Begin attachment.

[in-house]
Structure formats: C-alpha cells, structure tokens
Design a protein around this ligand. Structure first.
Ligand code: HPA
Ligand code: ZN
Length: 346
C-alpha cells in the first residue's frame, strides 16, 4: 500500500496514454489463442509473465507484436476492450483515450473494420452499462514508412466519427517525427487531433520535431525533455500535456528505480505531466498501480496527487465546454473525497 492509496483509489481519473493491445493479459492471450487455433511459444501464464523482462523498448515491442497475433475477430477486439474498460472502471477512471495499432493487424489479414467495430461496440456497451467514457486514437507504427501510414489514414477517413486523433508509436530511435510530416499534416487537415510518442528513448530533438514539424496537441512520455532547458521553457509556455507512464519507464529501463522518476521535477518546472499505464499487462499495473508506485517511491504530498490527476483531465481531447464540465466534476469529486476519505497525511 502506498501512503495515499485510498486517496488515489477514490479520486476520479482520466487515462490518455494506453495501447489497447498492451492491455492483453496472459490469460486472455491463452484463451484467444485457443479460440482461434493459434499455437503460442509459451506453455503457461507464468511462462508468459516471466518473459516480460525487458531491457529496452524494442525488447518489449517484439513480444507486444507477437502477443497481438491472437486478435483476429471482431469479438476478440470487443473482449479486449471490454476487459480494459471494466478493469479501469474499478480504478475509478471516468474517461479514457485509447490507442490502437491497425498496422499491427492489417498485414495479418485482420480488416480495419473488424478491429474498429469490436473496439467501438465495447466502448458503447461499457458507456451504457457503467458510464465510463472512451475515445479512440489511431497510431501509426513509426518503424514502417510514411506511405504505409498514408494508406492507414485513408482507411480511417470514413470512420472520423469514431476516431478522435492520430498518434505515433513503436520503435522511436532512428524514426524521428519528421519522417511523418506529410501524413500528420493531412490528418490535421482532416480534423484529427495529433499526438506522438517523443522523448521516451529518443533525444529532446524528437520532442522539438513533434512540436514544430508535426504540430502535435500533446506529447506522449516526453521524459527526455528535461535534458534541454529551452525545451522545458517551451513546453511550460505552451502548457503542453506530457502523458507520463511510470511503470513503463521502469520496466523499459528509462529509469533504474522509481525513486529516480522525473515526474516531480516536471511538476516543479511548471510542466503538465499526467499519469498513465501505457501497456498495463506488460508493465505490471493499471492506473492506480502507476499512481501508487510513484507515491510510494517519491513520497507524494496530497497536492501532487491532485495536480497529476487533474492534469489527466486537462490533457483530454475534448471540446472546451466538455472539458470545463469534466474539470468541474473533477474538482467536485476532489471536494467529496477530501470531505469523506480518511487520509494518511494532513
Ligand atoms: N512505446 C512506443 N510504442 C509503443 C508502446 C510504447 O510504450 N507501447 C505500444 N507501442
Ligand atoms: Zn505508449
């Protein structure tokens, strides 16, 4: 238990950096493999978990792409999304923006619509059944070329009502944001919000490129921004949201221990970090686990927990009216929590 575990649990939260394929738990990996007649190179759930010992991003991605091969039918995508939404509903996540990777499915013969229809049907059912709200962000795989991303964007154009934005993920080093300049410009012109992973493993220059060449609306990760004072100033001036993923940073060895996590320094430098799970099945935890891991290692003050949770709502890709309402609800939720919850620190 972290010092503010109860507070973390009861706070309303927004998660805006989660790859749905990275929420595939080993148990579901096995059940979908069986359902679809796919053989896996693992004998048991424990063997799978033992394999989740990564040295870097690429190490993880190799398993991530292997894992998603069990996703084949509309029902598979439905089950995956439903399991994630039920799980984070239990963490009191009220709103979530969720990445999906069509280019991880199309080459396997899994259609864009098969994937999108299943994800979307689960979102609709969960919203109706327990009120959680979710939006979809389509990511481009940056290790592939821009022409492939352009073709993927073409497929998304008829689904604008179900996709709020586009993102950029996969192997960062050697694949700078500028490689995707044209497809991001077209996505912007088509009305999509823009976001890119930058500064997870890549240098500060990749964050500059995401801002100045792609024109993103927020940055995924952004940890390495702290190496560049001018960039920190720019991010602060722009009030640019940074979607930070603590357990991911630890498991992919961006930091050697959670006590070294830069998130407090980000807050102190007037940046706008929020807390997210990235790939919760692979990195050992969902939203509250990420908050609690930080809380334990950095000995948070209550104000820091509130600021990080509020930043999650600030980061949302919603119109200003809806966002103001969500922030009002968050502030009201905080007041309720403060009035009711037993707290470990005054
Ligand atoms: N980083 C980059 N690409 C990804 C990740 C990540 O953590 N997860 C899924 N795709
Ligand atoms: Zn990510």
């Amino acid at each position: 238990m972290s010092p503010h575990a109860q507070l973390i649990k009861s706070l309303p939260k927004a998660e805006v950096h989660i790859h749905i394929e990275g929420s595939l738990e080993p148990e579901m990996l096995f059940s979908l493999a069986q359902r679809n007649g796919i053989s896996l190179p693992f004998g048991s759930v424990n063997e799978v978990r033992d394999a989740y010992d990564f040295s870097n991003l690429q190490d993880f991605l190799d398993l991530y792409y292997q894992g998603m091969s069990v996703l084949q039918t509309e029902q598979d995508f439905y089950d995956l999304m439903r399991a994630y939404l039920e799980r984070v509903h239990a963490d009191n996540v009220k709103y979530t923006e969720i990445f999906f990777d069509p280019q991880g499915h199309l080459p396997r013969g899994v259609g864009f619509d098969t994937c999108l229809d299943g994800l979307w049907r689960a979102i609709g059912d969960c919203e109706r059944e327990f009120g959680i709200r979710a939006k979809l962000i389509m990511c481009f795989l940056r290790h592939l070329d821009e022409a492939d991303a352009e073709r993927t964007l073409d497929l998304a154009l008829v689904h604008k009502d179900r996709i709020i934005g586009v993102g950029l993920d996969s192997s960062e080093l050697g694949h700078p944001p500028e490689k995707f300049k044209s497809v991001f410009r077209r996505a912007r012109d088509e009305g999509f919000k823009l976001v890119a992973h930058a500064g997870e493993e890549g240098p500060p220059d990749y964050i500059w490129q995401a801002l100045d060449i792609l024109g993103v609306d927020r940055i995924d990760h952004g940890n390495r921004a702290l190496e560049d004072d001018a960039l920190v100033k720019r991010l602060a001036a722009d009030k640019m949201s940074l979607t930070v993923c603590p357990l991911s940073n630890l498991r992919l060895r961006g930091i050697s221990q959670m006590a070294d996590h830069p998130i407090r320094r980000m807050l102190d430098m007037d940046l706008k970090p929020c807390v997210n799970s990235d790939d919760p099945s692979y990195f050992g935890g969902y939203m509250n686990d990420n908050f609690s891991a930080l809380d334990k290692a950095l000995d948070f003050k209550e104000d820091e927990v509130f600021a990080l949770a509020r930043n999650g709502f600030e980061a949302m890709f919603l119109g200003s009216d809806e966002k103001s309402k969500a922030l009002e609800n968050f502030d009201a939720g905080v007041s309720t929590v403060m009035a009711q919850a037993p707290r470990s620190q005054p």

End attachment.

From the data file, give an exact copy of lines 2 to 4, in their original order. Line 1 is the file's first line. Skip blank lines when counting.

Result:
Structure formats: C-alpha cells, structure tokens
Design a protein around this ligand. Structure first.
Ligand code: HPA